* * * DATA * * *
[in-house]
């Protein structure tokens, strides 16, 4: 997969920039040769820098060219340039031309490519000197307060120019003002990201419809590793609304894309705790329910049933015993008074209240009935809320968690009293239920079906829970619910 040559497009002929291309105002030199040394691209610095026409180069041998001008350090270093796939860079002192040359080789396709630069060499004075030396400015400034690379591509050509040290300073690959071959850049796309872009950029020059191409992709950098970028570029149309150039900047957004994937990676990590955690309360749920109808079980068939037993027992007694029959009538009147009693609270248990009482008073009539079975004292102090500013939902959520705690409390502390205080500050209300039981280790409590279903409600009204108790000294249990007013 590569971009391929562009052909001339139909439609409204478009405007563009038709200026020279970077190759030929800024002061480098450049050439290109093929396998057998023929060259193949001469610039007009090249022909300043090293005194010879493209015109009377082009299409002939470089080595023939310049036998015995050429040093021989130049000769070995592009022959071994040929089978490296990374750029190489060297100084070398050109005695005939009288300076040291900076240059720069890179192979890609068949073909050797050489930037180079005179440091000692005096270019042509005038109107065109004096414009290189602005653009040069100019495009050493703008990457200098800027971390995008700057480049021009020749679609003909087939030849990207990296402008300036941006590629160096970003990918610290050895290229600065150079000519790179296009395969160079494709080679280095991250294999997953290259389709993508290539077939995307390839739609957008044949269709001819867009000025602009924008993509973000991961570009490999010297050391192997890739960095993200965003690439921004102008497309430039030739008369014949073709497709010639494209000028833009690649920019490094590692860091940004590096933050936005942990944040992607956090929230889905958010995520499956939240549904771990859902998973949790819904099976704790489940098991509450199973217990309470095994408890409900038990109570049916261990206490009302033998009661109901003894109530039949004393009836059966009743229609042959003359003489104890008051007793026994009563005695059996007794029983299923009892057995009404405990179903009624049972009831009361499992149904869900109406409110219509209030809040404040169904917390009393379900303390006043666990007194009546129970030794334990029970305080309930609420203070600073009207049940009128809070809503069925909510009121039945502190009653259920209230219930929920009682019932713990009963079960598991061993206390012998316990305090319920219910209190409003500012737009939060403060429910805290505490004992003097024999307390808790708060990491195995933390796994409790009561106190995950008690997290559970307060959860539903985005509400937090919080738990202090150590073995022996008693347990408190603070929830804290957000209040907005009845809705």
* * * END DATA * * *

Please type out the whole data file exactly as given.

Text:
[in-house]
């Protein structure tokens, strides 16, 4: 997969920039040769820098060219340039031309490519000197307060120019003002990201419809590793609304894309705790329910049933015993008074209240009935809320968690009293239920079906829970619910 040559497009002929291309105002030199040394691209610095026409180069041998001008350090270093796939860079002192040359080789396709630069060499004075030396400015400034690379591509050509040290300073690959071959850049796309872009950029020059191409992709950098970028570029149309150039900047957004994937990676990590955690309360749920109808079980068939037993027992007694029959009538009147009693609270248990009482008073009539079975004292102090500013939902959520705690409390502390205080500050209300039981280790409590279903409600009204108790000294249990007013 590569971009391929562009052909001339139909439609409204478009405007563009038709200026020279970077190759030929800024002061480098450049050439290109093929396998057998023929060259193949001469610039007009090249022909300043090293005194010879493209015109009377082009299409002939470089080595023939310049036998015995050429040093021989130049000769070995592009022959071994040929089978490296990374750029190489060297100084070398050109005695005939009288300076040291900076240059720069890179192979890609068949073909050797050489930037180079005179440091000692005096270019042509005038109107065109004096414009290189602005653009040069100019495009050493703008990457200098800027971390995008700057480049021009020749679609003909087939030849990207990296402008300036941006590629160096970003990918610290050895290229600065150079000519790179296009395969160079494709080679280095991250294999997953290259389709993508290539077939995307390839739609957008044949269709001819867009000025602009924008993509973000991961570009490999010297050391192997890739960095993200965003690439921004102008497309430039030739008369014949073709497709010639494209000028833009690649920019490094590692860091940004590096933050936005942990944040992607956090929230889905958010995520499956939240549904771990859902998973949790819904099976704790489940098991509450199973217990309470095994408890409900038990109570049916261990206490009302033998009661109901003894109530039949004393009836059966009743229609042959003359003489104890008051007793026994009563005695059996007794029983299923009892057995009404405990179903009624049972009831009361499992149904869900109406409110219509209030809040404040169904917390009393379900303390006043666990007194009546129970030794334990029970305080309930609420203070600073009207049940009128809070809503069925909510009121039945502190009653259920209230219930929920009682019932713990009963079960598991061993206390012998316990305090319920219910209190409003500012737009939060403060429910805290505490004992003097024999307390808790708060990491195995933390796994409790009561106190995950008690997290559970307060959860539903985005509400937090919080738990202090150590073995022996008693347990408190603070929830804290957000209040907005009845809705």